Roku's 4K Streamers
Say goodbye to cable
By Harold Glicken
Every time I sit down to pay my cable bill – and I have to sit down when I open the bill – I wonder why I’m shelling out so much for channels I almost never watch. There are only a half-dozen shows that I watch on my 225-channel cable plan, including HBO, Showtime and Cinemax, yet I’m paying dearly for all of them.
What I do watch are streaming programs from Amazon Prime and Netflix. If I want to watch a current movie, I certainly wouldn’t go to a premium channel such as HBO to check out their selection of old content and one-star reruns. I’d buy it on Amazon.
Streaming decent-quality video requires a high-speed wireless connection from your Internet service provider. In my tests, anything lower than 50 bits per second (bps) can cause jerkiness, buffering and pixelation. You don’t want that.
I recently upgraded my wireless connection to super-fast 300 bps, and I bought a 4K TV set, which is the new standard, for this week anyway. But my Roku Streaming Stick ($49), a device that’s capable of streaming in high definition, but not 4K, is so last week. 4K has several times the resolution of most high-definition programming. Since my cable company doesn’t broadcast anything in 4K, I was curious about how Roku’s high-end device, the Ultra, would perform on streaming services that do have 4K programming.
Beautifully. I chose a program that Amazon is streaming in 4K (“The Patriot”), and pretty much I was blown away. Roku has access to 3,500 free and paid channels. But maybe I should back up and explain some things.
The Roku – there are many models of them, with different quality playback – is a small device that acts as a sort of gateway to thousands of TV channels. Acorn, one of the best, can be accessed through the Roku device and costs $5 a month. The Roku is controlled by a separate remote. (It also can be controlled by a universal remote.) You can choose the channel you want by browsing the Roku home screen. Netflix and Amazon are two of the most popular channels because they offer movies, TV shows and original content. Netflix costs between $8 and $12 a month -- a bargain considering how much content is offered. For example, “House of Cards” and “The Crown” are Netflix originals that are included in Netflix’s monthly charge. Amazon Prime Video is included in the same account that gives consumers free shipping. It’s an incredible bargain if you do a lot of watching or buying. In addition to older movies and TV shows, which are free, fairly recent-release movies cost about $6 extra on Amazon. If you have a large, flat-screen TV, $6 is a bargain – no parking costs, astronomical ticket prices and expensive popcorn. When you’re in your private screening room, just toss a popcorn bag into the microwave.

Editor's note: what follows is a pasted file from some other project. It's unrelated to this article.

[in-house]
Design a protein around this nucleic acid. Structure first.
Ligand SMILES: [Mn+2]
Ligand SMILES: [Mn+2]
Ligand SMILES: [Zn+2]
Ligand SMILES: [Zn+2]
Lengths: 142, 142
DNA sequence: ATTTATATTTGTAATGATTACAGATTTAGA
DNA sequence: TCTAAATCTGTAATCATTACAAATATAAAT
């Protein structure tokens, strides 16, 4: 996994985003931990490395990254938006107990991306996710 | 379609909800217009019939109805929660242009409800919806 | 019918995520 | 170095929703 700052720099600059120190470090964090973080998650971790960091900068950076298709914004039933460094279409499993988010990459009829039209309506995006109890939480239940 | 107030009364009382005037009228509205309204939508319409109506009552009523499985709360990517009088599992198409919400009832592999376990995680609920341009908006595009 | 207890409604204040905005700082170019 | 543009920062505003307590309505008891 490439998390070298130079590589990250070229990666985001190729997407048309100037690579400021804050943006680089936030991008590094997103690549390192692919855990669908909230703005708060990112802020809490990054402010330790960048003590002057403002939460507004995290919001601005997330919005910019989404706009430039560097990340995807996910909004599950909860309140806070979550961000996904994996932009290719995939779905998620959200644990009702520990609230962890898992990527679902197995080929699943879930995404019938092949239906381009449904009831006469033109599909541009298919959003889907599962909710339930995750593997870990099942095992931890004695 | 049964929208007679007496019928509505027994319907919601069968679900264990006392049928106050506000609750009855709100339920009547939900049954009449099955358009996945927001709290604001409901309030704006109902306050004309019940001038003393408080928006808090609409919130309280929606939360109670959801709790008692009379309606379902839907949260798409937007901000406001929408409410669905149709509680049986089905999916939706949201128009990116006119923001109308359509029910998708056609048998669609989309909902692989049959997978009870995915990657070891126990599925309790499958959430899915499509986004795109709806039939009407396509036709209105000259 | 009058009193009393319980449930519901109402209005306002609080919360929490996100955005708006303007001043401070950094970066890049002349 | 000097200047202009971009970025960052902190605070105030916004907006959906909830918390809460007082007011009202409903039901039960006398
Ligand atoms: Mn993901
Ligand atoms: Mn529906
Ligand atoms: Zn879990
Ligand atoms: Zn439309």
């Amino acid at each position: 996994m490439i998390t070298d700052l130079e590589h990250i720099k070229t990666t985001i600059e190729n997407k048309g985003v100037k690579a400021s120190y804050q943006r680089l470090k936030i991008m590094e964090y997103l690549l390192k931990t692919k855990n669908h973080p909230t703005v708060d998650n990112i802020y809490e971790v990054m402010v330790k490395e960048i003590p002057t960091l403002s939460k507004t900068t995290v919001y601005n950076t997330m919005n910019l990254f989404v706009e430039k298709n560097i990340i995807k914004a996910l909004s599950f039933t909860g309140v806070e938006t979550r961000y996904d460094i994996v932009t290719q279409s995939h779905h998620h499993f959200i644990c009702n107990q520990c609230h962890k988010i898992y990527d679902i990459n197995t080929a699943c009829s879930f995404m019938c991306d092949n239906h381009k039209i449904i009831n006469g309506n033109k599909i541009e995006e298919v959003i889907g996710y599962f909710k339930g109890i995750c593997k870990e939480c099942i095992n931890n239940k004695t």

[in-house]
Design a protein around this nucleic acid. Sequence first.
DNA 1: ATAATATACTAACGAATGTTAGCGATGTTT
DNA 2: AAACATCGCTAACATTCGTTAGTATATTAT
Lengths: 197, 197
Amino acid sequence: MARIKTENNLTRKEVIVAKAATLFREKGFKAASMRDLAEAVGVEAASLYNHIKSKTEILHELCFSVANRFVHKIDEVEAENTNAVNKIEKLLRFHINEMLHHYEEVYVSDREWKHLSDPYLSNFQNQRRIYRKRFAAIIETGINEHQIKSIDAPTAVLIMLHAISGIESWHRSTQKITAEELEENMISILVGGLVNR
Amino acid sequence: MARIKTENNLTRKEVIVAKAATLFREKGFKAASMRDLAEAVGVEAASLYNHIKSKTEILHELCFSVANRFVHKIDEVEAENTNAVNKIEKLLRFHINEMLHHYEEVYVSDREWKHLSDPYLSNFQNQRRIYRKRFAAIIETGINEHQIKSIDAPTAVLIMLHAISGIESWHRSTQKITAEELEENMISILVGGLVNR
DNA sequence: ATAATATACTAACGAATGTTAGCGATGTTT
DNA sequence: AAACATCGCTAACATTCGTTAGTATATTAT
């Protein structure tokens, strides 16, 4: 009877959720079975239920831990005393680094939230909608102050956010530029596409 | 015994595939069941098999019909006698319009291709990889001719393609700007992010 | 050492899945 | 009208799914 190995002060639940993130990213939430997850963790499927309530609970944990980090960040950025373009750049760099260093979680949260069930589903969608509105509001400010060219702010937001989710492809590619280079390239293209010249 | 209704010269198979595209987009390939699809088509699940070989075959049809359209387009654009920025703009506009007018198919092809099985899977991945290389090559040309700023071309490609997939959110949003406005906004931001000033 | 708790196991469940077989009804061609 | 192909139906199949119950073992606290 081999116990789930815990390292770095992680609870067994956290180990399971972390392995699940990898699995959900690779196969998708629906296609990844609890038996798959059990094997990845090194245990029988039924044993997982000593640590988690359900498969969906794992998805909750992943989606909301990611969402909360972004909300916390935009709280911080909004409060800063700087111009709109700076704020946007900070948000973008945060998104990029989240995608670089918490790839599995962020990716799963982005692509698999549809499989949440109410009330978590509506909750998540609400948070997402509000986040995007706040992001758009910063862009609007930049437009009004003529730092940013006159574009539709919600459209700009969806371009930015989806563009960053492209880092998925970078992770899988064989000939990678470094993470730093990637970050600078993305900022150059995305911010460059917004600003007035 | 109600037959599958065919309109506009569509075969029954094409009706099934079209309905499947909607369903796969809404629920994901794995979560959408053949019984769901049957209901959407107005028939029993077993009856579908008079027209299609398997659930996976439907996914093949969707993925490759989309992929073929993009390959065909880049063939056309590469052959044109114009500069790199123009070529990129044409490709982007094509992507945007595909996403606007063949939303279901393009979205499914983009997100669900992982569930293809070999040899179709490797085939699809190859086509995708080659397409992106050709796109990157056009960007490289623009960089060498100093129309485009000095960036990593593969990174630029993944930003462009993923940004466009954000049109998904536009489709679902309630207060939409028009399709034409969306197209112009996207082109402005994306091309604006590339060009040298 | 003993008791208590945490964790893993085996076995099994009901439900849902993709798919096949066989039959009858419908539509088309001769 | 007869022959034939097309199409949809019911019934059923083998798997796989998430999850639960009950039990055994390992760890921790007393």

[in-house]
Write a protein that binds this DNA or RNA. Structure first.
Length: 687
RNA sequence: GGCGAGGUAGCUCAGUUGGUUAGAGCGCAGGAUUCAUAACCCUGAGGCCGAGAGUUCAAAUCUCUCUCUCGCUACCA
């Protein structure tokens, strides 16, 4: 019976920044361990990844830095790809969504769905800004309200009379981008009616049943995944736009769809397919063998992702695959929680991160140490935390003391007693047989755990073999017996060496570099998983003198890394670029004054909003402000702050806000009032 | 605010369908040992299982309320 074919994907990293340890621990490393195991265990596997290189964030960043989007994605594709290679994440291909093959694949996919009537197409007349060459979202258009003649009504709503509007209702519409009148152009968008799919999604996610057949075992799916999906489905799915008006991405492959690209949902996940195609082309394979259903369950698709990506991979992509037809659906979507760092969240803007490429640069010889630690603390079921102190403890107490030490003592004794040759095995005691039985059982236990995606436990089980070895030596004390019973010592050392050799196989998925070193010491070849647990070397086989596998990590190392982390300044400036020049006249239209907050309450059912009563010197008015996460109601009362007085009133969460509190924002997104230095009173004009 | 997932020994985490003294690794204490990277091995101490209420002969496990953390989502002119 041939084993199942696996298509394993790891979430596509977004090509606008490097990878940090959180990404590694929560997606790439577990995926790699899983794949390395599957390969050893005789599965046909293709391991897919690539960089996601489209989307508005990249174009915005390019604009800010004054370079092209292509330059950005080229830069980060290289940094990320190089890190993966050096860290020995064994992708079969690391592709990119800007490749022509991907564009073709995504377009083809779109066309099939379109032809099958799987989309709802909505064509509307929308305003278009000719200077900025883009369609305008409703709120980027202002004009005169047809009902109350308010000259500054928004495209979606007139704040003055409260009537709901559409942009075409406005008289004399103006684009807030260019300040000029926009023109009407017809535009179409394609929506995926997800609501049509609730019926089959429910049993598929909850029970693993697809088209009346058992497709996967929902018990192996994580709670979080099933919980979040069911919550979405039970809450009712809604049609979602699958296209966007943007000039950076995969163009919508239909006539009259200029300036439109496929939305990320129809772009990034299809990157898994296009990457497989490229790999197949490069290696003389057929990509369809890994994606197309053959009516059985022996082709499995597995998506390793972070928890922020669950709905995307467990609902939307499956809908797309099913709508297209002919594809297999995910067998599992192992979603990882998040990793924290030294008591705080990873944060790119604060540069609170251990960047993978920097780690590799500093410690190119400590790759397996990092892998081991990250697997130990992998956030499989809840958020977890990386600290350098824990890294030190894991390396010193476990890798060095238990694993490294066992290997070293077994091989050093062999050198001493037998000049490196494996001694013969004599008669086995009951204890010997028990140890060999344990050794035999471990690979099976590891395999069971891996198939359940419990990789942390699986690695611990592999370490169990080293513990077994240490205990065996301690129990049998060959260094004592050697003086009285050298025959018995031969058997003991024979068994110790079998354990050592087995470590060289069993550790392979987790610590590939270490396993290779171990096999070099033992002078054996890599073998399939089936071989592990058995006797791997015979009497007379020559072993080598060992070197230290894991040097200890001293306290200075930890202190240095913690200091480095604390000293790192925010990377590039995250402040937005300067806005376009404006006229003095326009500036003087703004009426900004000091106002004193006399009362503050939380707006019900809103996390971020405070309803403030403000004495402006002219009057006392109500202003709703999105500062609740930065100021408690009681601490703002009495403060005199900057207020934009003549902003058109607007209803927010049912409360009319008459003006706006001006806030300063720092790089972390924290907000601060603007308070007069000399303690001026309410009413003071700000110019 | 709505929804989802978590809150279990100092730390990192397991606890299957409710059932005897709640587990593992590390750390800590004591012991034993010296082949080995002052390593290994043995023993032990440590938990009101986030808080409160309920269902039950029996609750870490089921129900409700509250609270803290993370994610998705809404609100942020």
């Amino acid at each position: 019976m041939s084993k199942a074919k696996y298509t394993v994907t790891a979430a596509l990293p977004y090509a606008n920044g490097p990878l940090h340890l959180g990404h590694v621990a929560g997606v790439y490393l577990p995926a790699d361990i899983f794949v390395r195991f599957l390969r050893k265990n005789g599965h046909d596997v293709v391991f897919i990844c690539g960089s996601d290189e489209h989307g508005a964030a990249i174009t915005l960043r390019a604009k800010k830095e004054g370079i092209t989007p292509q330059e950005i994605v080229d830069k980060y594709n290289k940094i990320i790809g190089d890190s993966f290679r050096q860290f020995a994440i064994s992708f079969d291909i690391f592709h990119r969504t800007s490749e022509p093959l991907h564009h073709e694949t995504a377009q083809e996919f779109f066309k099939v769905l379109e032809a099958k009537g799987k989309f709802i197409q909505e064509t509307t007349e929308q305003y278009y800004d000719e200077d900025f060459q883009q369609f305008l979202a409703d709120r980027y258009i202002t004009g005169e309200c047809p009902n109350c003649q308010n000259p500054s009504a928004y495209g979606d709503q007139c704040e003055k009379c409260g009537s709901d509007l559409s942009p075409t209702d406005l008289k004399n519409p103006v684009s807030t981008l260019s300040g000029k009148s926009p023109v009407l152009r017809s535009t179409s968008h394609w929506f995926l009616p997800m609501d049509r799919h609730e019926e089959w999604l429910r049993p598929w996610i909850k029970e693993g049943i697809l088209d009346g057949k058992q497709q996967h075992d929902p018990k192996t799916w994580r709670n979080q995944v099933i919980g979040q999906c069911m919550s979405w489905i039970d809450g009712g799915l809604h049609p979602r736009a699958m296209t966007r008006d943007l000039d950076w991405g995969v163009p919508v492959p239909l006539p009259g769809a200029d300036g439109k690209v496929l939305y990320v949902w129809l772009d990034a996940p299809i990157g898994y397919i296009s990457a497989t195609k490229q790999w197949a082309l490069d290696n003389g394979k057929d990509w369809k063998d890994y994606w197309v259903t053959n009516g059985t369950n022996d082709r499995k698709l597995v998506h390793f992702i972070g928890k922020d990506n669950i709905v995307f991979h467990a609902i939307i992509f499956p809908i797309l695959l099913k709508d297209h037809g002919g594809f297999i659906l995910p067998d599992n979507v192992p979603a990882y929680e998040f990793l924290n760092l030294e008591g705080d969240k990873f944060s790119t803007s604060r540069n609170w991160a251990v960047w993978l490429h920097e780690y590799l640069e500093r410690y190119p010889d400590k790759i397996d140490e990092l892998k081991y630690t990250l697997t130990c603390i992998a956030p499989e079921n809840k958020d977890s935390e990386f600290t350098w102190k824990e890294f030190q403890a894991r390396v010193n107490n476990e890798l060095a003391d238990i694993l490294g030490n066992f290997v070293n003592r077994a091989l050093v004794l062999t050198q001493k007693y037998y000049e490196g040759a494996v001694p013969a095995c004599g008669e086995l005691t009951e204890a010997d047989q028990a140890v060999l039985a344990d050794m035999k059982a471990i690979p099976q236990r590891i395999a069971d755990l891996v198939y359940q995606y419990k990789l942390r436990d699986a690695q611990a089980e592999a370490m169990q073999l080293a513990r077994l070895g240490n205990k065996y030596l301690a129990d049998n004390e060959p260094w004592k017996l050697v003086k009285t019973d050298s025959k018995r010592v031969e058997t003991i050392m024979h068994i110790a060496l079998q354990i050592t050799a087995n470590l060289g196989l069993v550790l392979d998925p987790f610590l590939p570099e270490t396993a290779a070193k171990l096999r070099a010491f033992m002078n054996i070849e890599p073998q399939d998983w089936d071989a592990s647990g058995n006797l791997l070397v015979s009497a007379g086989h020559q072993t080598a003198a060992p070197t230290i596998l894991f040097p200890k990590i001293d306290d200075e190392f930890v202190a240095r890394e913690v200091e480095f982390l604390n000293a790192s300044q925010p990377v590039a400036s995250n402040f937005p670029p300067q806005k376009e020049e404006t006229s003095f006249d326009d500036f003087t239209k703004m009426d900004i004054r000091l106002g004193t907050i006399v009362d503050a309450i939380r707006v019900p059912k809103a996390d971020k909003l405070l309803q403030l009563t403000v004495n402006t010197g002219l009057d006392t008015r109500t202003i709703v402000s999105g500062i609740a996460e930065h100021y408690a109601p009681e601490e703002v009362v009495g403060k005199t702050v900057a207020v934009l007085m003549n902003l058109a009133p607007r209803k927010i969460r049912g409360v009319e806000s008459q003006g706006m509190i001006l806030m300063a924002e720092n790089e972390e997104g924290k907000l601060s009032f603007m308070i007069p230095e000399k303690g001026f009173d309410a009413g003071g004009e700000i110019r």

I’ve been using Roku players since they first came out. I’ve had Rokus 1- 4, the streaming stick, and I just finished testing the $129 Ultra model. Two cheaper, models, the Premiere ($80) and the $100 Premiere+, also stream 4K content. For most people, the Premiere is more than adequate.
For the extra $50 between the Premiere and the Ultra you get an Ethernet port, which is handy if your wireless signal is weak; a micro SD slot to play back content directly through the device – handy if you’re streaming home movies or photos; a remote that features voice search (“Go to Netflix.”); a point-anywhere remote and a remote finder; ear buds; and gaming buttons on the remote. Both have fast processors and dual-band wireless capability. The Premiere+, which is the next step up, has a micro SD slot and a point-anywhere remote. If you can live without those, you’ll still be getting a top-notch 4K player with the Premiere. I bought the Premiere+ for its micro SD slot.
But wait, there’s this nerdy caveat:
Some low-end 4K TV sets don’t have an HDCP 2.2 HDMI port. It’s not important what that means, but sadly, if that port is missing -- it should be marked on the back of the TV set -- you can’t get 4K quality. If your TV doesn’t have that kind of port, you’d be wasting your money on a Premiere, Premiere+ or Ultra Roku. Your best bet then would be a Roku Streaming Stick ($50), which does a fine job of playing high-definition content. I used the Streaming Stick on another high-definition TV, and the picture quality was very sharp. The Streaming Stick plugs directly into an HDMI port – no cable is needed.
Speaking of cables, if you buy the Premiere, Premiere+ or Ultra Roku, you’ll need a second-generation HDMI cable to connect the Roku to the TV set. Amazon sells them for under $10.
HDMI, HDCP 2.2, 4K, micro SD, 1080p or 1080i – watching TV has become complicated. Just ignore the literal meanings of the alphabet soup, and sit back and enjoy your TV set and streaming player. If you’re looking for a great 4K streaming device, any of the three 4K versions Roku offers will give you a TV picture that’s amazingly sharp. Just be sure you pay attention to the alphabet soup. If you don’t have the latest model TV set, a 4K streaming player like the Roku would be a waste of money.